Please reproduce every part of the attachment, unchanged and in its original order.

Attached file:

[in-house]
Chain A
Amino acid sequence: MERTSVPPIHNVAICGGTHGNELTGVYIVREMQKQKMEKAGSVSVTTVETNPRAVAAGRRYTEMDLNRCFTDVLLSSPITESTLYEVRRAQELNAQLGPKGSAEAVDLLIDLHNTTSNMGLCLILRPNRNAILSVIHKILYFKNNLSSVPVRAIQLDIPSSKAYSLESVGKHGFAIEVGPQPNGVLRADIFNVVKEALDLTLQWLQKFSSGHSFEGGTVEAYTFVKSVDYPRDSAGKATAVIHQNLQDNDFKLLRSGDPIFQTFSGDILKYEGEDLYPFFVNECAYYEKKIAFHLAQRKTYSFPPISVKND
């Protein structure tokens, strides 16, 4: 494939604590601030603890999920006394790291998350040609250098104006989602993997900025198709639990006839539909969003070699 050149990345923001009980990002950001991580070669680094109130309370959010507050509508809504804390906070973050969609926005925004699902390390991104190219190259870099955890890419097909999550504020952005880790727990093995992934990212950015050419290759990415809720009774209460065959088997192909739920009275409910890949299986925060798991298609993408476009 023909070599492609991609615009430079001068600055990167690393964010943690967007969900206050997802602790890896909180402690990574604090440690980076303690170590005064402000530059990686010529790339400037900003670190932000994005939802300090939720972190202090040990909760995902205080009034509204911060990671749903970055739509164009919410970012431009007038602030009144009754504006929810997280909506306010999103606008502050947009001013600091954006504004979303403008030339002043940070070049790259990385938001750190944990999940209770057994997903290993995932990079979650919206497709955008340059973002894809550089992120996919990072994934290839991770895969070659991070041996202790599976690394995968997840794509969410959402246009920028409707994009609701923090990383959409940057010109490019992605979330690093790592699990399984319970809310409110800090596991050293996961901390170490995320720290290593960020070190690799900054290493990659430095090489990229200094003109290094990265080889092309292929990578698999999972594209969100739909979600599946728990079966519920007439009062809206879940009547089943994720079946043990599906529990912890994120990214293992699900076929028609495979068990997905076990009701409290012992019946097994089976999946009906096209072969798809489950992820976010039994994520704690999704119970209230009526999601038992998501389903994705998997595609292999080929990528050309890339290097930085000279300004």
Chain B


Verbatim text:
[in-house]
Chain A
Amino acid sequence: MERTSVPPIHNVAICGGTHGNELTGVYIVREMQKQKMEKAGSVSVTTVETNPRAVAAGRRYTEMDLNRCFTDVLLSSPITESTLYEVRRAQELNAQLGPKGSAEAVDLLIDLHNTTSNMGLCLILRPNRNAILSVIHKILYFKNNLSSVPVRAIQLDIPSSKAYSLESVGKHGFAIEVGPQPNGVLRADIFNVVKEALDLTLQWLQKFSSGHSFEGGTVEAYTFVKSVDYPRDSAGKATAVIHQNLQDNDFKLLRSGDPIFQTFSGDILKYEGEDLYPFFVNECAYYEKKIAFHLAQRKTYSFPPISVKND
């Protein structure tokens, strides 16, 4: 494939604590601030603890999920006394790291998350040609250098104006989602993997900025198709639990006839539909969003070699 050149990345923001009980990002950001991580070669680094109130309370959010507050509508809504804390906070973050969609926005925004699902390390991104190219190259870099955890890419097909999550504020952005880790727990093995992934990212950015050419290759990415809720009774209460065959088997192909739920009275409910890949299986925060798991298609993408476009 023909070599492609991609615009430079001068600055990167690393964010943690967007969900206050997802602790890896909180402690990574604090440690980076303690170590005064402000530059990686010529790339400037900003670190932000994005939802300090939720972190202090040990909760995902205080009034509204911060990671749903970055739509164009919410970012431009007038602030009144009754504006929810997280909506306010999103606008502050947009001013600091954006504004979303403008030339002043940070070049790259990385938001750190944990999940209770057994997903290993995932990079979650919206497709955008340059973002894809550089992120996919990072994934290839991770895969070659991070041996202790599976690394995968997840794509969410959402246009920028409707994009609701923090990383959409940057010109490019992605979330690093790592699990399984319970809310409110800090596991050293996961901390170490995320720290290593960020070190690799900054290493990659430095090489990229200094003109290094990265080889092309292929990578698999999972594209969100739909979600599946728990079966519920007439009062809206879940009547089943994720079946043990599906529990912890994120990214293992699900076929028609495979068990997905076990009701409290012992019946097994089976999946009906096209072969798809489950992820976010039994994520704690999704119970209230009526999601038992998501389903994705998997595609292999080929990528050309890339290097930085000279300004």
Chain B